Below are 2 PubMed articles insinuating that EDS pain is due to central sensitization or general extreme pain sensitivity.
I still insist that EDS pain is mechanical (due to lax tissues) and/or biochemical (because cell walls are also made from our defective connective tissue). However, we cannot know if the amount of pain we feel is in “normal” proportion to the nociceptive stimuli we experience.
The question is: do we have more pain than average or are we just more sensitive to average pain?
In the “good old days”, before I had to take pain medication around the clock, I seemed extremely pain sensitive. Even a wrinkle in the bedsheet would become painful if laid on it too long.
But with a connective tissue disorder, it’s likely that defective skin can be more easily penetrated by pressure or temperature to set off pain signals.
All the fascia around muscles and organs in our bodies can be unusually permeable and prone to damage, leaving us insufficiently insulated from the external environment. I believe much of our pain comes from unusually deep intrusions of external forces where they reach nociceptors normally isolated from such forces.
For instance, when pressure or torque on a joint isn’t effectively resisted by ligaments and tendons, bones will move a little and transfer the force to nearby structures, like muscles and nerves, where nociceptors will signal that something is amiss.
In this way, we get more intense and frequent nociceptive stimulation than “normal” people.
However, it could also be that our cell walls don’t properly control the influx and outflow of various molecules including salts, like sodium and potassium. This could, in turn, disturb the functions of the sodium and potassium channels in cells that control pain transmission.
Connective tissue is ubiquitous in our bodies, so any part can become painful for us,
Nevertheless, researchers are still obsessed with proving that our pain “isn’t physically real”, but rather a figment of our overactive imaginations, and that our supposed catastrophizing is what turns it into chronic pain.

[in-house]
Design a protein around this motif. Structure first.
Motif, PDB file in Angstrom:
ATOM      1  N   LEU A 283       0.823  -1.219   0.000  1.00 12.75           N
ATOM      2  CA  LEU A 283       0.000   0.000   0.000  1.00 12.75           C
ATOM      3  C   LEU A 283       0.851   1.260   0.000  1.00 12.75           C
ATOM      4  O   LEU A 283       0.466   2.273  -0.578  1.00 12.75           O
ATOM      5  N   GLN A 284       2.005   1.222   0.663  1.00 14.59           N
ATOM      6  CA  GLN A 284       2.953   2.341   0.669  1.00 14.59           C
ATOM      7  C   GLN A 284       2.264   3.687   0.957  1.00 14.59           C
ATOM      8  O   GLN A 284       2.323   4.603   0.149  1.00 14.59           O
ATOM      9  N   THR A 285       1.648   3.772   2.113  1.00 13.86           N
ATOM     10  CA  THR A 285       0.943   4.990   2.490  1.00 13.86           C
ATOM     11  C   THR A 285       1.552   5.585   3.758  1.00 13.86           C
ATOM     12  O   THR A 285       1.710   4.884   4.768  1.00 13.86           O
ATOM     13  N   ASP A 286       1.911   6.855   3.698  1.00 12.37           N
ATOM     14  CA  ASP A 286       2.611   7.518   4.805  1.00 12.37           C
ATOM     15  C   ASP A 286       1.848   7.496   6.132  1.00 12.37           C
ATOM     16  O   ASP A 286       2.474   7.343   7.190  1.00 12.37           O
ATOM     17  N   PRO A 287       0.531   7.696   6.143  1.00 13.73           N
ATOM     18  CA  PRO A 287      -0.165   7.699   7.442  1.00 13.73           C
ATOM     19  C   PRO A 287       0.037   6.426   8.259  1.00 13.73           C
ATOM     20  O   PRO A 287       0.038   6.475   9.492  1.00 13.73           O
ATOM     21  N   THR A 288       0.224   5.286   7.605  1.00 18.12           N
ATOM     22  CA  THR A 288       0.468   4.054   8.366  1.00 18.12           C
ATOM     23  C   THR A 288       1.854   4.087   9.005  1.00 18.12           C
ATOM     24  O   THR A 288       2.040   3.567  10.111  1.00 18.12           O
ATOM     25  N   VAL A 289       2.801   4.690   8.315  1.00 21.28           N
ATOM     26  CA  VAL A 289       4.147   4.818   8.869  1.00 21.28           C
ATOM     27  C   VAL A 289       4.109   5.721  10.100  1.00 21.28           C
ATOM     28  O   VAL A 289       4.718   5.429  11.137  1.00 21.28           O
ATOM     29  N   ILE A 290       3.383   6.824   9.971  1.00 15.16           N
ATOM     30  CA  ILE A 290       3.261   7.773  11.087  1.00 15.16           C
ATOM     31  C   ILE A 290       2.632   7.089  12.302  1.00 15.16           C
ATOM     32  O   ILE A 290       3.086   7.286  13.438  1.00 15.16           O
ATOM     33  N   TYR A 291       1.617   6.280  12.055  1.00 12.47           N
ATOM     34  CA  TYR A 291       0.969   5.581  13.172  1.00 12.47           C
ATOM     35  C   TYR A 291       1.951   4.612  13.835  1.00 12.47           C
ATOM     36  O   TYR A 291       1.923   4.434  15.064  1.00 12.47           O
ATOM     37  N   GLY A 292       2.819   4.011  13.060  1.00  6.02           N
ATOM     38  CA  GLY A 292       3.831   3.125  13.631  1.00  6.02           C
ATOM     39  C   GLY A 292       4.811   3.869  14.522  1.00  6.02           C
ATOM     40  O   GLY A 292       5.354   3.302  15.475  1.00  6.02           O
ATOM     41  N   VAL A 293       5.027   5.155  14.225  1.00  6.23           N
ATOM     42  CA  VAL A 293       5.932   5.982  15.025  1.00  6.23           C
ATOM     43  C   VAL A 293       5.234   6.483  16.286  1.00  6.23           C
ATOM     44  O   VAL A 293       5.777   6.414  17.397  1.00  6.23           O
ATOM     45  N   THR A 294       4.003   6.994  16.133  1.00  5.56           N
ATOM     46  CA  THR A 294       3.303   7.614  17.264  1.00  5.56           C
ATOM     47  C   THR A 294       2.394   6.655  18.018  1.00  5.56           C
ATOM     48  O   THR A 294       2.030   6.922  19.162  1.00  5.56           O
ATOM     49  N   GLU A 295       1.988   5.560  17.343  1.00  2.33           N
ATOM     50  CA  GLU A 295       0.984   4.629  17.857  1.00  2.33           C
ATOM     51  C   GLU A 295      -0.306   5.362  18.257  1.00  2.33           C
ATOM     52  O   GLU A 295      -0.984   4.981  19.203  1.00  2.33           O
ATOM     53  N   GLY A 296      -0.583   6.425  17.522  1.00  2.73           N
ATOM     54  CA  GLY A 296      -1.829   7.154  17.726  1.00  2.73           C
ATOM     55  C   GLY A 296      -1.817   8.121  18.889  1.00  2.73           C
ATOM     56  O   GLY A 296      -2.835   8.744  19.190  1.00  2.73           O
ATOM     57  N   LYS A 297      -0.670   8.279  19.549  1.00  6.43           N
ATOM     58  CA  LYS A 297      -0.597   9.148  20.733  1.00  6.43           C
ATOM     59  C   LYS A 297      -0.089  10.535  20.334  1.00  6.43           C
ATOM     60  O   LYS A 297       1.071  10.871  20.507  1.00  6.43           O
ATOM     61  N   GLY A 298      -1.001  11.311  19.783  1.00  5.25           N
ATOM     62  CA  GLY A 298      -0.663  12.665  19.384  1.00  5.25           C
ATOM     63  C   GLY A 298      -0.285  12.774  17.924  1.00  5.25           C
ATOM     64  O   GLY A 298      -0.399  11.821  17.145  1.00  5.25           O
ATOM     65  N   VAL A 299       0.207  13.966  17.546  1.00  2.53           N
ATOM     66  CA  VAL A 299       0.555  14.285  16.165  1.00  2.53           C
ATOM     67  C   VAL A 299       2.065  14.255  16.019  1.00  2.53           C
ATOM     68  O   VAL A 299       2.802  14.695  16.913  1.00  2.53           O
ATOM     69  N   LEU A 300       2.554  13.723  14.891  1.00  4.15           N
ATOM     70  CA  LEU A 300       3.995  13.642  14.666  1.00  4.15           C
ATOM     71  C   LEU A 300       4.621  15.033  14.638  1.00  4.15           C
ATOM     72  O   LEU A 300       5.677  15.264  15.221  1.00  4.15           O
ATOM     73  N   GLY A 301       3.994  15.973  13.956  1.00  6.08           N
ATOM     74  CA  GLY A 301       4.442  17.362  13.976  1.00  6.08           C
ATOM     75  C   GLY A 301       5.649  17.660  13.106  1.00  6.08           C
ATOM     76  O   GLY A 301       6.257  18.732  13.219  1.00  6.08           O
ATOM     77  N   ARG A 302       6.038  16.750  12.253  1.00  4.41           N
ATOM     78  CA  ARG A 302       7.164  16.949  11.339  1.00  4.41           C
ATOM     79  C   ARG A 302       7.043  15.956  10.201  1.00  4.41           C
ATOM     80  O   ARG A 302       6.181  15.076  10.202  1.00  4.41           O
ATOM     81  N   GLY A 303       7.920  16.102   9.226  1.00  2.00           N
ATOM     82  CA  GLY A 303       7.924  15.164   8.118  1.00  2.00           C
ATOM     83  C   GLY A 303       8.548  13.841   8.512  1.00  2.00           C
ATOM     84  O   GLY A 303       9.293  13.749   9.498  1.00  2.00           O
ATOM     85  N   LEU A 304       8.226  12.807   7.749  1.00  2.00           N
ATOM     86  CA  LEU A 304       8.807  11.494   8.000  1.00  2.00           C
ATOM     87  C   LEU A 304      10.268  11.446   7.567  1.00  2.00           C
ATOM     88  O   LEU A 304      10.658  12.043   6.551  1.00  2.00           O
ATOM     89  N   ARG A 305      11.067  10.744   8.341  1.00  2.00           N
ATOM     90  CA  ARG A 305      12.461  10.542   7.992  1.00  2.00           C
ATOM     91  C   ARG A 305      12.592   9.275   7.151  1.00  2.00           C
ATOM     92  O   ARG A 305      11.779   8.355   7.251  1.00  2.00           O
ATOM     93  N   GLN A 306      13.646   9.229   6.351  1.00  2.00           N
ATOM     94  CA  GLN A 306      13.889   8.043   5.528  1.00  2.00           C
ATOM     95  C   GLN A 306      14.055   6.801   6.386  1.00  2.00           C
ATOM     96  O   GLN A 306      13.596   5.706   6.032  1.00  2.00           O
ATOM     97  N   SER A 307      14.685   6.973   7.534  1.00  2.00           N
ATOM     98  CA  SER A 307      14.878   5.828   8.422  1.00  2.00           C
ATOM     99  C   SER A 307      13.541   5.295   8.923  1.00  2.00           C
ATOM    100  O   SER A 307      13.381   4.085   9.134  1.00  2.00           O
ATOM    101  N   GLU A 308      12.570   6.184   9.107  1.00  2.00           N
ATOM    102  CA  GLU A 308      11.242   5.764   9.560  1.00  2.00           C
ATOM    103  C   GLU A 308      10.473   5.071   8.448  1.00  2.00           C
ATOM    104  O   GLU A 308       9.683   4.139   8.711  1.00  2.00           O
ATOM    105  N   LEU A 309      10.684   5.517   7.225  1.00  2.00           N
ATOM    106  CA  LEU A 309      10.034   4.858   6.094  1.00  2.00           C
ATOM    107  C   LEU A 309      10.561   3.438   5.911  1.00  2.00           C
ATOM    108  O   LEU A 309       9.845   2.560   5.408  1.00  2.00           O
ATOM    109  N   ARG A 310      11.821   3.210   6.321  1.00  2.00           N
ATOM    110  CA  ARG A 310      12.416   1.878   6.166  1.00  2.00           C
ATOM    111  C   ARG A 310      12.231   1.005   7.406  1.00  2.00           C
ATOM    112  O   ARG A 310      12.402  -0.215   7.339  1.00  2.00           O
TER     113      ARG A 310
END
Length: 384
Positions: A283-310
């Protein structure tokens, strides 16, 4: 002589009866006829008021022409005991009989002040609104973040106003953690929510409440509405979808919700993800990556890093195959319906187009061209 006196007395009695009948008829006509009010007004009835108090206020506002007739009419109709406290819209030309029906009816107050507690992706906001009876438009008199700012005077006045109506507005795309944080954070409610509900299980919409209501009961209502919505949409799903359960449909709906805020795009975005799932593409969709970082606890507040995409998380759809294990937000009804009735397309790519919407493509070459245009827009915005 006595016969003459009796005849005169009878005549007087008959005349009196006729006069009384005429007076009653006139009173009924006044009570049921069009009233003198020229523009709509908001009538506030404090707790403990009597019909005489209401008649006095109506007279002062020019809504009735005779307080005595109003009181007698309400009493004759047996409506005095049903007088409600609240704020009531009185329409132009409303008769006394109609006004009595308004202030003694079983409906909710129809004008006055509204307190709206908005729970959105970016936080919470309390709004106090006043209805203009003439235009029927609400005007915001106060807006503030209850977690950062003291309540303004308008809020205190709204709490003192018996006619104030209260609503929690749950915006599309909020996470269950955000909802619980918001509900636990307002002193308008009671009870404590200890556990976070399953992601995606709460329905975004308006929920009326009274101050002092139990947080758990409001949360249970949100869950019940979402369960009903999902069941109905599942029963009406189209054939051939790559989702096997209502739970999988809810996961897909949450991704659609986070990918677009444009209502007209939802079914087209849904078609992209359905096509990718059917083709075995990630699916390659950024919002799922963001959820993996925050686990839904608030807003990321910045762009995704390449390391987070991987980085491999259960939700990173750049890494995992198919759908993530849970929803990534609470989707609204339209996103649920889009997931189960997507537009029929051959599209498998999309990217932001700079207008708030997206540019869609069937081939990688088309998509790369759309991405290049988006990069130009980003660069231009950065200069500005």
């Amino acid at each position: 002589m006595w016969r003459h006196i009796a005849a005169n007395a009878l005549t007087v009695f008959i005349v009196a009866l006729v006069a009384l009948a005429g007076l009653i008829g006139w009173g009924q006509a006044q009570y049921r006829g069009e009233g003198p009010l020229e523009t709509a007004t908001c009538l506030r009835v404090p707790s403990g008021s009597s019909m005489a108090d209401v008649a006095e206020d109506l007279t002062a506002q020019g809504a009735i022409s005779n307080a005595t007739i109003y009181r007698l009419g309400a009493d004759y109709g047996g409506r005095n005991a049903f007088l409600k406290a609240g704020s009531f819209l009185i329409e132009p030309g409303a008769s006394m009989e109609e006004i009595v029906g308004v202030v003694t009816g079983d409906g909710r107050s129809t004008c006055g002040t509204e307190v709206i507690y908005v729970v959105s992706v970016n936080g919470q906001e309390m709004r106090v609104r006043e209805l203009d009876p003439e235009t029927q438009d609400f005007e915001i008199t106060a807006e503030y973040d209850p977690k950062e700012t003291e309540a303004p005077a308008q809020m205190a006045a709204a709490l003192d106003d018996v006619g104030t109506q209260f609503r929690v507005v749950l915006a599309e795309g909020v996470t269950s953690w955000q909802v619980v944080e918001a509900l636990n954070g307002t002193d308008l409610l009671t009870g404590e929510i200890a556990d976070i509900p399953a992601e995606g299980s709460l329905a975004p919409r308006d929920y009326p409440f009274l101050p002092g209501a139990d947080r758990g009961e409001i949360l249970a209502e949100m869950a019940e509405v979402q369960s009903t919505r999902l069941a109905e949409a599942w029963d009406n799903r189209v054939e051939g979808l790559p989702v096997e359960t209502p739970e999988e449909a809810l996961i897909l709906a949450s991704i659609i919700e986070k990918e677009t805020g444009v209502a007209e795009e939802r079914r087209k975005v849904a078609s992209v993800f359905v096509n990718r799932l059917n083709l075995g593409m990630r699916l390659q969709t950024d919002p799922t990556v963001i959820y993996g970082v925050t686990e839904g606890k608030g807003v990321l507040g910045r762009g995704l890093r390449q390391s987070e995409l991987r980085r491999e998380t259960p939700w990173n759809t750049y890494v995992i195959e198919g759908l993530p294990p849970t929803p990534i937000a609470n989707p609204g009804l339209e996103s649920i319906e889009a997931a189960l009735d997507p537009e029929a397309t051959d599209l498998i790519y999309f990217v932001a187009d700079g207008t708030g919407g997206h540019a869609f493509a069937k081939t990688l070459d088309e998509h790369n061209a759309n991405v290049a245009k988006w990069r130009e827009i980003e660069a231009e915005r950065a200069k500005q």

How this hereditary connective tissue disorder causes pain remains unclear although previous studies suggested it shares similar mechanisms with neuropathic pain and fibromyalgia.
While the lack of somatosensory nervous system damage is incompatible with neuropathic pain as the mechanism underlying pain in JHS/EDS-HT, the lowered cold and heat pain thresholds and increased wind-up ratio imply that pain in JHS/EDS-HT might arise through central sensitization.
Hence, this connective tissue disorder and fibromyalgia share similar pain mechanisms
WHAT DOES THIS STUDY ADD?: In patients with JHS/EDS-HT, the persistent nociceptive input due to joint abnormalities probably triggers central sensitization in the dorsal horn neurons and causes widespread pain.
Generalized Hyperalgesia in children and adults diagnosed with Hypermobility Syndrome and Ehlers-Danlos Syndrome Hypermobility type: A discriminati… – PubMed – NCBI ; Arthritis Care Res (Hoboken). 2016 Aug
Here the author is misusing the term, Hyperalgesia. He is referring to unusually high pain sensitivity (low tolerance), not the additional pain hypothesized to result from taking high opioid doses.
Lowered pressure pain thresholds have been demonstrated in adults with Ehlers-Danlos Hypermobility type(EDS-HT), however it remains unclear if these findings are also present in children.
Therefore, the objectives of the study were to:
(1)determine if generalized hyperalgesia is present in Hypermobility syndrome (HMS)/EDS-HT children,
(2)explore potential differences in pressure pain thresholds between HMS/EDS-HT children and adults, and
(3)determine the discriminative value of generalized hyperalgesia
METHODS: Patients classified in one of three groups:
- hypermobile (Beighton score ≥4/9) and
- healthy controls.
Descriptive data of age, gender, body mass index, Beighton score, skin laxity and medication usage were collected.
Generalized hyperalgesia was quantified by the averaged pressure pain thresholds collected from 12 locations.
The following confounders were collected: pain locations/intensity, fatigue, psychological distress.
Comparisons between HMS/EDS-HT children and normative values, between children and adults with HMS/EDS-HT, corrected confounders, were analysed with MANCOVA.
The discriminative value of generalized hyperalgesia employed in order to differentiate between HMS/EDS-HT, hypermobile and controls was quantified with logistic regression.
Significantly lower pressure pain thresholds were found in children with HMS/EDS-HT compared to normative values (range: -22.0% to -59.0%, p=<.05).
When applying a threshold of 30.8 N/cm2 for males and 29.0 N/cm2 for females, the presence of generalized hyperalgesia discriminated between individuals with HMS/EDS-HT, hypermobile and healthy controls (odds ratio=6.0).
Children and adults with HMS/EDS-HT are characterized by hypermobility, chronic pain, as well as generalized hyperalgesia [meaning heightened pain sensitivity].
The presence of generalized hyperalgesia may indicate involvement of the central nervous system in the development of chronic pain.
The idea that we have hyperalgesia was also discussed here:
EDS III: evidence for generalized hyperalgesia